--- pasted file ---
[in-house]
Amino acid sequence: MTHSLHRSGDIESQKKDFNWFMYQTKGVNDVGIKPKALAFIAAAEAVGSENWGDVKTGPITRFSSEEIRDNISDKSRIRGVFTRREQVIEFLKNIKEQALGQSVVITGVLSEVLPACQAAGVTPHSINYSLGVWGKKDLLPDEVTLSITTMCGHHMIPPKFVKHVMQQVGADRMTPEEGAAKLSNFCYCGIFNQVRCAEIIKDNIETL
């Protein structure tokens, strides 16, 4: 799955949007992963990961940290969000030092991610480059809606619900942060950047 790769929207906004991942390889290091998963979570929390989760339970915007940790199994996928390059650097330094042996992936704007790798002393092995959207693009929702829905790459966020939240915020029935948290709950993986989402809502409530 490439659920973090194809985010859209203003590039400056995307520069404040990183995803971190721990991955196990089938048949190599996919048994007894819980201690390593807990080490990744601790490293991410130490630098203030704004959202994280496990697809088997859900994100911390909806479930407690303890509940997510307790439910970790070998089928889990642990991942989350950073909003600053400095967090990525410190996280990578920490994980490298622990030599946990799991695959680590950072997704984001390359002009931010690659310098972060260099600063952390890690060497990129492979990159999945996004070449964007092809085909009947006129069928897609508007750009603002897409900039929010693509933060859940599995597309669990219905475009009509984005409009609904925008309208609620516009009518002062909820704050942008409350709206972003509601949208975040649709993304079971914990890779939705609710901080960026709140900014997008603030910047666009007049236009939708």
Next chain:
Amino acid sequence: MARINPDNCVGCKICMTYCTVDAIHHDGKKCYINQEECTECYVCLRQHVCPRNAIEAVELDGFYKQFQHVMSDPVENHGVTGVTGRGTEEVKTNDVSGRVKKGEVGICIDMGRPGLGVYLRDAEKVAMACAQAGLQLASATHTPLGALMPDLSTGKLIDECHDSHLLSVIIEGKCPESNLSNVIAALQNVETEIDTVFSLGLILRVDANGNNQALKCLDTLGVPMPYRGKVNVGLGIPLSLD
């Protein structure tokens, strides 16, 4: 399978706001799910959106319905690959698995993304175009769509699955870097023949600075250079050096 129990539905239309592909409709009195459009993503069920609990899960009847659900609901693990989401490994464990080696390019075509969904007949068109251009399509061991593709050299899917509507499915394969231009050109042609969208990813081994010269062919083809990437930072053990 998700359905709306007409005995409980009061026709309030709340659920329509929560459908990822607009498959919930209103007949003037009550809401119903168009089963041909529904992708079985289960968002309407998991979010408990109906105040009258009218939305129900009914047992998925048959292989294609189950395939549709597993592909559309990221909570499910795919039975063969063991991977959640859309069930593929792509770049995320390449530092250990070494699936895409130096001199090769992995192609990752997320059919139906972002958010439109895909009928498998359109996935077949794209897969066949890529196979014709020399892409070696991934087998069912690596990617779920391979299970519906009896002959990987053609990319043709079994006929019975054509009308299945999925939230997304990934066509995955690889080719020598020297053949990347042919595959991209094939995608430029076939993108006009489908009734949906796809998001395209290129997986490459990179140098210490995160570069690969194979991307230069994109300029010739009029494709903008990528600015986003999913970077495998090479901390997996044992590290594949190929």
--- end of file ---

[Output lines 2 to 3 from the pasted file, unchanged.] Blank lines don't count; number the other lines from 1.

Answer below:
Amino acid sequence: MTHSLHRSGDIESQKKDFNWFMYQTKGVNDVGIKPKALAFIAAAEAVGSENWGDVKTGPITRFSSEEIRDNISDKSRIRGVFTRREQVIEFLKNIKEQALGQSVVITGVLSEVLPACQAAGVTPHSINYSLGVWGKKDLLPDEVTLSITTMCGHHMIPPKFVKHVMQQVGADRMTPEEGAAKLSNFCYCGIFNQVRCAEIIKDNIETL
């Protein structure tokens, strides 16, 4: 799955949007992963990961940290969000030092991610480059809606619900942060950047 790769929207906004991942390889290091998963979570929390989760339970915007940790199994996928390059650097330094042996992936704007790798002393092995959207693009929702829905790459966020939240915020029935948290709950993986989402809502409530 490439659920973090194809985010859209203003590039400056995307520069404040990183995803971190721990991955196990089938048949190599996919048994007894819980201690390593807990080490990744601790490293991410130490630098203030704004959202994280496990697809088997859900994100911390909806479930407690303890509940997510307790439910970790070998089928889990642990991942989350950073909003600053400095967090990525410190996280990578920490994980490298622990030599946990799991695959680590950072997704984001390359002009931010690659310098972060260099600063952390890690060497990129492979990159999945996004070449964007092809085909009947006129069928897609508007750009603002897409900039929010693509933060859940599995597309669990219905475009009509984005409009609904925008309208609620516009009518002062909820704050942008409350709206972003509601949208975040649709993304079971914990890779939705609710901080960026709140900014997008603030910047666009007049236009939708």